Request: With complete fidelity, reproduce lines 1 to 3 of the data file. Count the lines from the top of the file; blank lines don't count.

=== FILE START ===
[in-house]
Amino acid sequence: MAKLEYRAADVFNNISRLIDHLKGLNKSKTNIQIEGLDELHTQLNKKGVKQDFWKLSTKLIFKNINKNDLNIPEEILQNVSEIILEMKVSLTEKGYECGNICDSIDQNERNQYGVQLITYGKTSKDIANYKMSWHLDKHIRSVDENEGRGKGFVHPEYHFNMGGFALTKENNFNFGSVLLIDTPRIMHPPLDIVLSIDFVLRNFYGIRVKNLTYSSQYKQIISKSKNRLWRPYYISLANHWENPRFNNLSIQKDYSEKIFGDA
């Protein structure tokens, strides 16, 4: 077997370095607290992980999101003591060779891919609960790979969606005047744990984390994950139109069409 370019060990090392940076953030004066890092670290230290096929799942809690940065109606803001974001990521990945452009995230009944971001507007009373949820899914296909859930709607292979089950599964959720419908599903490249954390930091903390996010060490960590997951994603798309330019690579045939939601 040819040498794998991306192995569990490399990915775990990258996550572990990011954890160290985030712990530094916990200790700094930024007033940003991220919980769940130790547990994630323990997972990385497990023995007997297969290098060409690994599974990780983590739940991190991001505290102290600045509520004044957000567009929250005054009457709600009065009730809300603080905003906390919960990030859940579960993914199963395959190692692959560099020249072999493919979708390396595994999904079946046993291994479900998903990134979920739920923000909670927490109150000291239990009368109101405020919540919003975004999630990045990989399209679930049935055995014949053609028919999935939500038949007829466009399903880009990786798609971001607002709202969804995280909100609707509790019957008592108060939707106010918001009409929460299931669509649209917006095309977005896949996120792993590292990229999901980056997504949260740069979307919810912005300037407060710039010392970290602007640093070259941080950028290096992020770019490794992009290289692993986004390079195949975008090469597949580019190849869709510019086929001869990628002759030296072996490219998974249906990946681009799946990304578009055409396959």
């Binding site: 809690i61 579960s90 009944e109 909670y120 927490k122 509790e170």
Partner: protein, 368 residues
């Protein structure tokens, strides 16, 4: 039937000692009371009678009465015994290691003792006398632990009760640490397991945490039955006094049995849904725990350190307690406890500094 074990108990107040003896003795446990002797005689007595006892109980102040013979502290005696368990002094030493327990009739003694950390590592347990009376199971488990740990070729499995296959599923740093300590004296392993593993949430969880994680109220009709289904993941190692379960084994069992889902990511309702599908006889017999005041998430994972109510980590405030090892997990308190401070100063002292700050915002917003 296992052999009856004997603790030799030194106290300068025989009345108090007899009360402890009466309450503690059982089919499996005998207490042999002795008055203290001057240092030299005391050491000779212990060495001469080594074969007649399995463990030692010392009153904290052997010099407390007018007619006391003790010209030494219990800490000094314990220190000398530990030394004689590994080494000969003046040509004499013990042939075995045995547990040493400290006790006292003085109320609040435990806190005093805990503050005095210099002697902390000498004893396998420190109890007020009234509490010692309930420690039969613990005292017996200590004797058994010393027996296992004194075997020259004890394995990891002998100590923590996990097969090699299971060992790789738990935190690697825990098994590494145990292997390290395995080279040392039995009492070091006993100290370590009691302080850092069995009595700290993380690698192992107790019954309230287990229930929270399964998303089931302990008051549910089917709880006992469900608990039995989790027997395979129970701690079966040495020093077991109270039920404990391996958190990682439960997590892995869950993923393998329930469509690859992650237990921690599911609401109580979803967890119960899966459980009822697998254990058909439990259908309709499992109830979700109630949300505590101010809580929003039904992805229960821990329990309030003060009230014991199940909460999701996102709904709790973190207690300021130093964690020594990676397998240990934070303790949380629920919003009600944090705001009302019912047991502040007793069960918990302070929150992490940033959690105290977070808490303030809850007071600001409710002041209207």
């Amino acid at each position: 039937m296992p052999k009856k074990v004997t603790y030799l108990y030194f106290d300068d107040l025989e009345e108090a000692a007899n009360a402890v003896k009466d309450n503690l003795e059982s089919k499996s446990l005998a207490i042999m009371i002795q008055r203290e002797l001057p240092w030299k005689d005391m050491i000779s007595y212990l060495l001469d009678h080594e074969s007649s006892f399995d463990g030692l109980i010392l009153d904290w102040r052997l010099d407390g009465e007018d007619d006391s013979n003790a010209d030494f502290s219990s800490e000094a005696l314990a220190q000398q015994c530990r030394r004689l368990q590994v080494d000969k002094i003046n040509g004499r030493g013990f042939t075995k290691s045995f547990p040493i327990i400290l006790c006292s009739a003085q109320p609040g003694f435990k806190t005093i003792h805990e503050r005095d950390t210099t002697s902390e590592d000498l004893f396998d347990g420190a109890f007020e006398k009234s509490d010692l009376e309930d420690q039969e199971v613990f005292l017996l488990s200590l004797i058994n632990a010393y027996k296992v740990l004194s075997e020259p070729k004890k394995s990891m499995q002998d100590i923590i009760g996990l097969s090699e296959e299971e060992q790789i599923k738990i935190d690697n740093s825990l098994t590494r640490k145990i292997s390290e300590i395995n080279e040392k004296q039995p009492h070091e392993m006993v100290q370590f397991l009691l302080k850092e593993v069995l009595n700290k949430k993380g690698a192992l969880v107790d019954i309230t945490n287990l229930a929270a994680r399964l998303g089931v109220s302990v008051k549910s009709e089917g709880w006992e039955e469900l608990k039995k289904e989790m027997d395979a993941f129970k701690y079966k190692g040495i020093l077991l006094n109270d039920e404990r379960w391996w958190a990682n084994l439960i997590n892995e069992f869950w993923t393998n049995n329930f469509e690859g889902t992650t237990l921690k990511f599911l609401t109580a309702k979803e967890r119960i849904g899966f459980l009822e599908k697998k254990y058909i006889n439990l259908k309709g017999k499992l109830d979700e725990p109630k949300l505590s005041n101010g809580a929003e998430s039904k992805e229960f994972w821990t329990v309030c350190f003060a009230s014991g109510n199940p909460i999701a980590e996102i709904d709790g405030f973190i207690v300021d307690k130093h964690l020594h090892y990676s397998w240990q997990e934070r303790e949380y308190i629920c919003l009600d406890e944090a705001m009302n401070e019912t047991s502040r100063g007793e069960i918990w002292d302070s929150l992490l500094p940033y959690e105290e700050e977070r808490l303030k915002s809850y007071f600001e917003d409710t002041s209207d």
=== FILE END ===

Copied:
[in-house]
Amino acid sequence: MAKLEYRAADVFNNISRLIDHLKGLNKSKTNIQIEGLDELHTQLNKKGVKQDFWKLSTKLIFKNINKNDLNIPEEILQNVSEIILEMKVSLTEKGYECGNICDSIDQNERNQYGVQLITYGKTSKDIANYKMSWHLDKHIRSVDENEGRGKGFVHPEYHFNMGGFALTKENNFNFGSVLLIDTPRIMHPPLDIVLSIDFVLRNFYGIRVKNLTYSSQYKQIISKSKNRLWRPYYISLANHWENPRFNNLSIQKDYSEKIFGDA
């Protein structure tokens, strides 16, 4: 077997370095607290992980999101003591060779891919609960790979969606005047744990984390994950139109069409 370019060990090392940076953030004066890092670290230290096929799942809690940065109606803001974001990521990945452009995230009944971001507007009373949820899914296909859930709607292979089950599964959720419908599903490249954390930091903390996010060490960590997951994603798309330019690579045939939601 040819040498794998991306192995569990490399990915775990990258996550572990990011954890160290985030712990530094916990200790700094930024007033940003991220919980769940130790547990994630323990997972990385497990023995007997297969290098060409690994599974990780983590739940991190991001505290102290600045509520004044957000567009929250005054009457709600009065009730809300603080905003906390919960990030859940579960993914199963395959190692692959560099020249072999493919979708390396595994999904079946046993291994479900998903990134979920739920923000909670927490109150000291239990009368109101405020919540919003975004999630990045990989399209679930049935055995014949053609028919999935939500038949007829466009399903880009990786798609971001607002709202969804995280909100609707509790019957008592108060939707106010918001009409929460299931669509649209917006095309977005896949996120792993590292990229999901980056997504949260740069979307919810912005300037407060710039010392970290602007640093070259941080950028290096992020770019490794992009290289692993986004390079195949975008090469597949580019190849869709510019086929001869990628002759030296072996490219998974249906990946681009799946990304578009055409396959």